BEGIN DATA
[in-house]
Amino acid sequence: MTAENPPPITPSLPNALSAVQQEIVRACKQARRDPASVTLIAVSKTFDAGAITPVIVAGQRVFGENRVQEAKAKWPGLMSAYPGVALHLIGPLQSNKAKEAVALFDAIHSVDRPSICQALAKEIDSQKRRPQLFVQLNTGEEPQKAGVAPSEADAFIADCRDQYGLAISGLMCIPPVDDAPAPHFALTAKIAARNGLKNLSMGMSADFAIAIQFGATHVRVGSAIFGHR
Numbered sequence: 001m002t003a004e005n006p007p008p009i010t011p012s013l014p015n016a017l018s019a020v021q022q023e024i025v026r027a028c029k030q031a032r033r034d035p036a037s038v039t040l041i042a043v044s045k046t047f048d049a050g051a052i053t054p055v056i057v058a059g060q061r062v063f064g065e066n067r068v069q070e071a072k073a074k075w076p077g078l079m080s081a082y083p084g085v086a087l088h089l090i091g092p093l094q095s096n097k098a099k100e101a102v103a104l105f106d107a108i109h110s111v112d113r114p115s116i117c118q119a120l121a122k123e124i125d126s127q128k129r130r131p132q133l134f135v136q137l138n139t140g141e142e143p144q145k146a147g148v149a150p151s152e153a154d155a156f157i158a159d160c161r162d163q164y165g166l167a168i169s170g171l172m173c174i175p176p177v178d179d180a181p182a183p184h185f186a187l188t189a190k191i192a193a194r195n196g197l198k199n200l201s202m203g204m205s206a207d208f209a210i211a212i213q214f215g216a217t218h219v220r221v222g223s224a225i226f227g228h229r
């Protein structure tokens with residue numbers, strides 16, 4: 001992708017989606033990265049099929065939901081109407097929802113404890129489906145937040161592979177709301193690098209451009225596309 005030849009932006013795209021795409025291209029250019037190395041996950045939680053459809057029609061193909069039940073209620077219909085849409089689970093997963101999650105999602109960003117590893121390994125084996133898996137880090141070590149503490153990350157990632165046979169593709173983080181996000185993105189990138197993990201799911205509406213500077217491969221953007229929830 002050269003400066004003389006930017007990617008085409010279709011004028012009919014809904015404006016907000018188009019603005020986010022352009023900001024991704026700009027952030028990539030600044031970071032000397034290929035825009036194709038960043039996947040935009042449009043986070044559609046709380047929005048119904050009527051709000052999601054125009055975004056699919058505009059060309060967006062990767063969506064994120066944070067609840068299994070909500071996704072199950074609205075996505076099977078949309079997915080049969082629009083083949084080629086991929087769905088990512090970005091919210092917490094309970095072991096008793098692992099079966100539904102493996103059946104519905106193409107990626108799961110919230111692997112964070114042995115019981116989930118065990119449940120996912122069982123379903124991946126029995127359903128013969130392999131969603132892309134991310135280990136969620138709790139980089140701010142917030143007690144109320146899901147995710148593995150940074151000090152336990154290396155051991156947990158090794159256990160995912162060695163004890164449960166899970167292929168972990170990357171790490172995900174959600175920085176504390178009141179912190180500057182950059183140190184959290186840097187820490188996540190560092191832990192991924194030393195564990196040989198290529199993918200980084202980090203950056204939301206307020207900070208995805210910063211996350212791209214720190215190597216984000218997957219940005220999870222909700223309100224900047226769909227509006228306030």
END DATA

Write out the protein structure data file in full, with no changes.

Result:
[in-house]
Amino acid sequence: MTAENPPPITPSLPNALSAVQQEIVRACKQARRDPASVTLIAVSKTFDAGAITPVIVAGQRVFGENRVQEAKAKWPGLMSAYPGVALHLIGPLQSNKAKEAVALFDAIHSVDRPSICQALAKEIDSQKRRPQLFVQLNTGEEPQKAGVAPSEADAFIADCRDQYGLAISGLMCIPPVDDAPAPHFALTAKIAARNGLKNLSMGMSADFAIAIQFGATHVRVGSAIFGHR
Numbered sequence: 001m002t003a004e005n006p007p008p009i010t011p012s013l014p015n016a017l018s019a020v021q022q023e024i025v026r027a028c029k030q031a032r033r034d035p036a037s038v039t040l041i042a043v044s045k046t047f048d049a050g051a052i053t054p055v056i057v058a059g060q061r062v063f064g065e066n067r068v069q070e071a072k073a074k075w076p077g078l079m080s081a082y083p084g085v086a087l088h089l090i091g092p093l094q095s096n097k098a099k100e101a102v103a104l105f106d107a108i109h110s111v112d113r114p115s116i117c118q119a120l121a122k123e124i125d126s127q128k129r130r131p132q133l134f135v136q137l138n139t140g141e142e143p144q145k146a147g148v149a150p151s152e153a154d155a156f157i158a159d160c161r162d163q164y165g166l167a168i169s170g171l172m173c174i175p176p177v178d179d180a181p182a183p184h185f186a187l188t189a190k191i192a193a194r195n196g197l198k199n200l201s202m203g204m205s206a207d208f209a210i211a212i213q214f215g216a217t218h219v220r221v222g223s224a225i226f227g228h229r
């Protein structure tokens with residue numbers, strides 16, 4: 001992708017989606033990265049099929065939901081109407097929802113404890129489906145937040161592979177709301193690098209451009225596309 005030849009932006013795209021795409025291209029250019037190395041996950045939680053459809057029609061193909069039940073209620077219909085849409089689970093997963101999650105999602109960003117590893121390994125084996133898996137880090141070590149503490153990350157990632165046979169593709173983080181996000185993105189990138197993990201799911205509406213500077217491969221953007229929830 002050269003400066004003389006930017007990617008085409010279709011004028012009919014809904015404006016907000018188009019603005020986010022352009023900001024991704026700009027952030028990539030600044031970071032000397034290929035825009036194709038960043039996947040935009042449009043986070044559609046709380047929005048119904050009527051709000052999601054125009055975004056699919058505009059060309060967006062990767063969506064994120066944070067609840068299994070909500071996704072199950074609205075996505076099977078949309079997915080049969082629009083083949084080629086991929087769905088990512090970005091919210092917490094309970095072991096008793098692992099079966100539904102493996103059946104519905106193409107990626108799961110919230111692997112964070114042995115019981116989930118065990119449940120996912122069982123379903124991946126029995127359903128013969130392999131969603132892309134991310135280990136969620138709790139980089140701010142917030143007690144109320146899901147995710148593995150940074151000090152336990154290396155051991156947990158090794159256990160995912162060695163004890164449960166899970167292929168972990170990357171790490172995900174959600175920085176504390178009141179912190180500057182950059183140190184959290186840097187820490188996540190560092191832990192991924194030393195564990196040989198290529199993918200980084202980090203950056204939301206307020207900070208995805210910063211996350212791209214720190215190597216984000218997957219940005220999870222909700223309100224900047226769909227509006228306030």